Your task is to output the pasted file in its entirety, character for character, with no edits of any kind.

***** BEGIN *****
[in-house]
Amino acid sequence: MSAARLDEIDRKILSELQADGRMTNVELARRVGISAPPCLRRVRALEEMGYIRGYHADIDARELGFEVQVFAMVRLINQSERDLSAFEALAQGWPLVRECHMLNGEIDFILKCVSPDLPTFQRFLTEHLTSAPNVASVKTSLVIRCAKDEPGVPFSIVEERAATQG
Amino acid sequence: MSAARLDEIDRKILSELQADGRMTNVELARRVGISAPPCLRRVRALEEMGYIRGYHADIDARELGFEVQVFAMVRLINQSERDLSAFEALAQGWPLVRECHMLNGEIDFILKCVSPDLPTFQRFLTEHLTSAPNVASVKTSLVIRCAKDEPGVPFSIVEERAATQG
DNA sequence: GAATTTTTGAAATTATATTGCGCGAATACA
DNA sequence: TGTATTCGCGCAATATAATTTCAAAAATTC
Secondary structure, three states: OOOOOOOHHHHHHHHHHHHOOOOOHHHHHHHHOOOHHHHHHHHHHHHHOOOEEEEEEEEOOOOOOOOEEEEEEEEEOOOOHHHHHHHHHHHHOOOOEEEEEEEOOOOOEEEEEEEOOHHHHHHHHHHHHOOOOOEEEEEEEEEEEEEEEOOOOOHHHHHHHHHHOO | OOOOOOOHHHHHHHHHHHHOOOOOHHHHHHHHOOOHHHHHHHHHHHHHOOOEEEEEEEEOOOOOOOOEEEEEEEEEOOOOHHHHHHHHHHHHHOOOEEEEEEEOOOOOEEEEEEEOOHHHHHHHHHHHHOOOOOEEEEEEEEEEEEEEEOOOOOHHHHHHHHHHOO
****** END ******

[in-house]
Amino acid sequence: MSAARLDEIDRKILSELQADGRMTNVELARRVGISAPPCLRRVRALEEMGYIRGYHADIDARELGFEVQVFAMVRLINQSERDLSAFEALAQGWPLVRECHMLNGEIDFILKCVSPDLPTFQRFLTEHLTSAPNVASVKTSLVIRCAKDEPGVPFSIVEERAATQG
Amino acid sequence: MSAARLDEIDRKILSELQADGRMTNVELARRVGISAPPCLRRVRALEEMGYIRGYHADIDARELGFEVQVFAMVRLINQSERDLSAFEALAQGWPLVRECHMLNGEIDFILKCVSPDLPTFQRFLTEHLTSAPNVASVKTSLVIRCAKDEPGVPFSIVEERAATQG
DNA sequence: GAATTTTTGAAATTATATTGCGCGAATACA
DNA sequence: TGTATTCGCGCAATATAATTTCAAAAATTC
Secondary structure, three states: OOOOOOOHHHHHHHHHHHHOOOOOHHHHHHHHOOOHHHHHHHHHHHHHOOOEEEEEEEEOOOOOOOOEEEEEEEEEOOOOHHHHHHHHHHHHOOOOEEEEEEEOOOOOEEEEEEEOOHHHHHHHHHHHHOOOOOEEEEEEEEEEEEEEEOOOOOHHHHHHHHHHOO | OOOOOOOHHHHHHHHHHHHOOOOOHHHHHHHHOOOHHHHHHHHHHHHHOOOEEEEEEEEOOOOOOOOEEEEEEEEEOOOOHHHHHHHHHHHHHOOOEEEEEEEOOOOOEEEEEEEOOHHHHHHHHHHHHOOOOOEEEEEEEEEEEEEEEOOOOOHHHHHHHHHHOO